Al-Ahram Weekly On-line
8 - 14 October 1998
Issue No.398
Published in Cairo by AL-AHRAM established in 1875 Current issue | Previous issue | Site map

From Suez to shanty towns

By Gihan Shahine

The discussion panel on the social aspects of the October War focused on the role of the state, the media and women in achieving the 1973 victory. Researchers argued that if Egyptians, by scientific planning and creativity, managed to storm the Bar Lev line of fortifications, they should be able to address current social challenges such as illiteracy and the mushrooming shantytowns which disfigure our great cities.

Mrs Suzanne Mubarak spoke about the role of the family and women in times of war and provided a personal account of her own experiences of this period when President Hosni Mubarak was air force commander. Social Affairs Minister Mervat El-Talawi submitted a paper on the ministry's social service efforts before, during and after the war.

Mahmoud Odeh, vice-chairman of the sociology department at Ain Shams University, recalled that the 1967 defeat was a shattering experience for Egyptians and a severe blow to their self-confidence. The Israeli and foreign press and media added to the national feeling of inferiority by propagating a false image of Israel's military and cultural superiority. Much Arab literature of this time reflects the psychological trauma suffered by Arabs in general and Egyptians in particular.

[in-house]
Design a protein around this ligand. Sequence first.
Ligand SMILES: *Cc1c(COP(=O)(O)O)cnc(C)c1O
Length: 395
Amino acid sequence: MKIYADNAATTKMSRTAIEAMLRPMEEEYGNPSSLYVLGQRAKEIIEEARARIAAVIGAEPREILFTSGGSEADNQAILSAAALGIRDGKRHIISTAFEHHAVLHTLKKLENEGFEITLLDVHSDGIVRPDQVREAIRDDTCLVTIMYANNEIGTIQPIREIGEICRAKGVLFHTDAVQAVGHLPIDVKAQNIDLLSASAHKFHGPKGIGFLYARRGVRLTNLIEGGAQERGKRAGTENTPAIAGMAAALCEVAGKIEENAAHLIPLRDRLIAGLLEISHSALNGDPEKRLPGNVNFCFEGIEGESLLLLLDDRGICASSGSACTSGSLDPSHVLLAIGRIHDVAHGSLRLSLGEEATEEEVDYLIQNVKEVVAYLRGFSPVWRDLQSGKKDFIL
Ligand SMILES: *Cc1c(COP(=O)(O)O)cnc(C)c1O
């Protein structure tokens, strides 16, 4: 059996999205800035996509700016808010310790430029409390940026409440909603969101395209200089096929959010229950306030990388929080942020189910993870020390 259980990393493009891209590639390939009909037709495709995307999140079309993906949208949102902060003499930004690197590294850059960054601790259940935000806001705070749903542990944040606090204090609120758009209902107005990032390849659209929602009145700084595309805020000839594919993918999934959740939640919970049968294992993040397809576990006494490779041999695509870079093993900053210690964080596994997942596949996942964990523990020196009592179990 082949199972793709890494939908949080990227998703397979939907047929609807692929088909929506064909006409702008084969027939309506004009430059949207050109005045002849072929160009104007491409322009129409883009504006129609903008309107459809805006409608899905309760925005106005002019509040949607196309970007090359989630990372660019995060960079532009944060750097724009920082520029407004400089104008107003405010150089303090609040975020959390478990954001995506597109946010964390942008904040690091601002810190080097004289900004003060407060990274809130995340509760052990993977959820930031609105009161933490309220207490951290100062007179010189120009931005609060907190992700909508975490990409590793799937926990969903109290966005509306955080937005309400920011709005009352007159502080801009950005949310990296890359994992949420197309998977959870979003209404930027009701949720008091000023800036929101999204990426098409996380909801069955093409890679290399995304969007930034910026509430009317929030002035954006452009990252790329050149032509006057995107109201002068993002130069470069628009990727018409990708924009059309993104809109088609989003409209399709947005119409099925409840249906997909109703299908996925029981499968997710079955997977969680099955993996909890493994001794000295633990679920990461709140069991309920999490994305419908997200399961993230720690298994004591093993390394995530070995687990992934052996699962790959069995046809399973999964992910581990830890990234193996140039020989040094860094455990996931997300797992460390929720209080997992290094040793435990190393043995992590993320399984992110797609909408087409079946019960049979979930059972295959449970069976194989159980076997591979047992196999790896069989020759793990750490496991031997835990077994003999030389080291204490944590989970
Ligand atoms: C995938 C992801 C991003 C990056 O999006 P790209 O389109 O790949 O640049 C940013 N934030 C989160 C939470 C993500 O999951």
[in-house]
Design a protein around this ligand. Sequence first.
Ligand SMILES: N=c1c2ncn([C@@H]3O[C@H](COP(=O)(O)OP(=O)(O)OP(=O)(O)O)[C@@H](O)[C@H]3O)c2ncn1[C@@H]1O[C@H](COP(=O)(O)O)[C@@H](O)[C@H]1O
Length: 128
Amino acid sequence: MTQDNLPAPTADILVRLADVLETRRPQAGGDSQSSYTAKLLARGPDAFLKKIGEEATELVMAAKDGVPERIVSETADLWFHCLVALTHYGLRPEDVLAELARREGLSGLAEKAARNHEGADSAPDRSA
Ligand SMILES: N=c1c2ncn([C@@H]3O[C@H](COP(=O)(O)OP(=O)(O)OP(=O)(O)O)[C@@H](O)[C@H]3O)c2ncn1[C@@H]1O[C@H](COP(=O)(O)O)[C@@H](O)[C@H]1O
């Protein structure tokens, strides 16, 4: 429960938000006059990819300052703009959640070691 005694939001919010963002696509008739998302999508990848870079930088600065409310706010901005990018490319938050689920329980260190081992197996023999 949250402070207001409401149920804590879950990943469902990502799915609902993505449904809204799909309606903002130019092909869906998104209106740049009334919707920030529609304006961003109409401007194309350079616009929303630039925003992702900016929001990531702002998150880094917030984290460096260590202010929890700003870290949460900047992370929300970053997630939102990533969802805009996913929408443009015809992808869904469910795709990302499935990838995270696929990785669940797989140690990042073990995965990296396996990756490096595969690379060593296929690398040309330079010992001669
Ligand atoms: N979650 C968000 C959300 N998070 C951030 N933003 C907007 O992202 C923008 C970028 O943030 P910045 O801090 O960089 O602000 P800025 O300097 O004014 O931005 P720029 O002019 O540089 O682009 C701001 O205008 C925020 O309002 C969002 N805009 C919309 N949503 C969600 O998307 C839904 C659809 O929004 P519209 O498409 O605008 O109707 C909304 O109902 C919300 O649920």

Sawsan Osman, former dean of the social institute at Helwan University, recounted how the Israeli bombardment of the Suez Canal cities -- Port Said, Ismailia and Suez -- resulted in the destruction of infrastructure and the displacement of thousands who had to be evacuated to safe areas. "This had negative effects on the upbringing of the children of those families," she said. "The divorce rate shot up and the number of marriages dropped. These factors brought social development to a near-complete halt."

Others, however, saw much good coming out of these evils. "Egyptians managed to overcome their feelings of frustration in no time, turning them into an impetus for positive action," argued Hamdi El-Kunayessi, director of Radio Cairo. The symbolic moment of this new-found activism was on 9-10 June 1967, Kunayessi said, when the people took to the streets to declare their rejection of President Gamal Abdel-Nasser's resignation. He also cited the Egyptian victory at the battle of Ras Al-Esh and the sinking of the Israeli destroyer Eilat shortly after the defeat.